Irregular Room Dimensions

Hi crew

I have a dilemma. I have a client that has given me dimensions of his room but it’s of an irregular shape. The floor is level, so is the ceiling but the walls all go off at different angles from each corner. There are 4 corners with one being the only 90 degrees.

I don’t mind so much eyeballing this but it’s proving really difficult to come close to his pictures. The lines want to stretch and pull against one another and there doesn’t seem to be a way to restrict them from stretching and rather hinge from each connecting point if that makes sense? It would make things so much easier if they would.

Is there a much easier method to getting something relatively close without me pulling my hair out?

Do you not have the dims (including, ideally, diagonals)?

The first thing you should consider is how the model will be used.

In existing buildings it is quite common that few things are exactly plumb or square. Carpenters and installers are accustomed to dealing with these flaws via shims, fillers, scribes, trimming, etc. If you are intending to show a plan for new cabinets or other furnishings, a model that is close is probably good enough.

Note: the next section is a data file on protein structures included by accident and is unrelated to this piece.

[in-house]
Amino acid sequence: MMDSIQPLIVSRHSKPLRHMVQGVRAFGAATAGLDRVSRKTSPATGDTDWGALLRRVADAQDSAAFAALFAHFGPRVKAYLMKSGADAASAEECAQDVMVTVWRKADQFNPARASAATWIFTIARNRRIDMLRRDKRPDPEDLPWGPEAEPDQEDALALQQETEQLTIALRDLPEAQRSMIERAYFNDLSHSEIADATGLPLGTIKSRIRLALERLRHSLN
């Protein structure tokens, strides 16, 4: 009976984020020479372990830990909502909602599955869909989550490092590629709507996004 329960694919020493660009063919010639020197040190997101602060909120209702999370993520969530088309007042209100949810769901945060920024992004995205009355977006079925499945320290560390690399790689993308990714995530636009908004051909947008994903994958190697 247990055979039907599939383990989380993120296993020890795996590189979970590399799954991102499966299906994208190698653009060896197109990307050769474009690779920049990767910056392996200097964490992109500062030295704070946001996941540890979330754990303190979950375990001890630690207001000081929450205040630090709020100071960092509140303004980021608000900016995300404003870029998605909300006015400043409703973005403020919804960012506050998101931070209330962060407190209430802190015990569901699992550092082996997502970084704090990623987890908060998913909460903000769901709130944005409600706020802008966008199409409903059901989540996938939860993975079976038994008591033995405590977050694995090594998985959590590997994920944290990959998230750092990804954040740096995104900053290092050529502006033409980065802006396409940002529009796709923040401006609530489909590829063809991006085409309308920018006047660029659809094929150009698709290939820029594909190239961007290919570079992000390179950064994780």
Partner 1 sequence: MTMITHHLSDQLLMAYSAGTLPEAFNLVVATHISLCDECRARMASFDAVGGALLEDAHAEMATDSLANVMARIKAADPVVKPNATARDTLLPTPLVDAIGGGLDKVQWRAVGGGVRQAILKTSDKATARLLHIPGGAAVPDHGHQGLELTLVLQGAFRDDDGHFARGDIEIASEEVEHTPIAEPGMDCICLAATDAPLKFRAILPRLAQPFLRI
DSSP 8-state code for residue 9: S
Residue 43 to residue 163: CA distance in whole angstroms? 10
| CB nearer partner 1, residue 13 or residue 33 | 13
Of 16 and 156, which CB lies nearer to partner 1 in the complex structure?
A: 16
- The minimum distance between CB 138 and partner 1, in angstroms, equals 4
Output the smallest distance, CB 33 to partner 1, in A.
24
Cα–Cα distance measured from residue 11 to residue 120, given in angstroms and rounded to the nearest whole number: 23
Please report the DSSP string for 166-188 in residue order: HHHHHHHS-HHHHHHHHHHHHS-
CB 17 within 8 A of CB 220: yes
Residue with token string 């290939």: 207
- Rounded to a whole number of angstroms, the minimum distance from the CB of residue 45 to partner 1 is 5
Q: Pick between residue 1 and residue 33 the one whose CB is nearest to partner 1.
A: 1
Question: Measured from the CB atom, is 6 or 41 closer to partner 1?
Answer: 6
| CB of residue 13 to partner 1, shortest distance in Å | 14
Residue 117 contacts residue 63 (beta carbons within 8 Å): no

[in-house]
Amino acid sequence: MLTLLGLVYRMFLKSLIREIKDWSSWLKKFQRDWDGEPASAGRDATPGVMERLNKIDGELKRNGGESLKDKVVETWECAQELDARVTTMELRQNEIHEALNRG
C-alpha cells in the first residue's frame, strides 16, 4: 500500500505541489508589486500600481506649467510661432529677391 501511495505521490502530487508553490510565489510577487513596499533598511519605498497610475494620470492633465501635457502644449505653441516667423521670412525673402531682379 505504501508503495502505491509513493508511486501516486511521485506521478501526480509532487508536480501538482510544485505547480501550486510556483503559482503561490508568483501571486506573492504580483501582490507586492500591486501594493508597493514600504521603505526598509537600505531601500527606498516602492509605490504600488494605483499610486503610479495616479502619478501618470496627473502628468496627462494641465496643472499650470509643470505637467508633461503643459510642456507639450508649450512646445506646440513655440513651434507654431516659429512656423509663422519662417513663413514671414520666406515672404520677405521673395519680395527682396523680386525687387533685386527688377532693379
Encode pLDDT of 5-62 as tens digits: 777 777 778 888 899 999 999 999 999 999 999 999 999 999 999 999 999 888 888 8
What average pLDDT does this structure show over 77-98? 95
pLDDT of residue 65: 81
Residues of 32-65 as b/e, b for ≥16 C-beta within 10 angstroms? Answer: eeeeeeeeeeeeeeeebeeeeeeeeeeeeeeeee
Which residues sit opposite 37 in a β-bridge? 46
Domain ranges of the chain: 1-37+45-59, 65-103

Since you know that one corner is 90 degrees, you could draw the two walls from that corner and then swing arcs from their ends to find the fourth corner. To avoid imprecision due to SketchUp’s representation of circles and arcs using segments, you can either increase the number of segments until the error is acceptably small or you can use an extension that finds circle intersections exactly, such as my own Circle Intersect, or TIG’s True Tangents (both available on SketchUcation).

1 Like

With 4 sides, you need the four length and one angle or 3 side and 2 angles.

You wrote that you have one 90° angle. You only need to measure the 4 sides and you are good to go.

Draw the 2 edges that define the 90° angle and, with the other 2 sides known, you can triangulate the corner opposite of the 90° one.

1 Like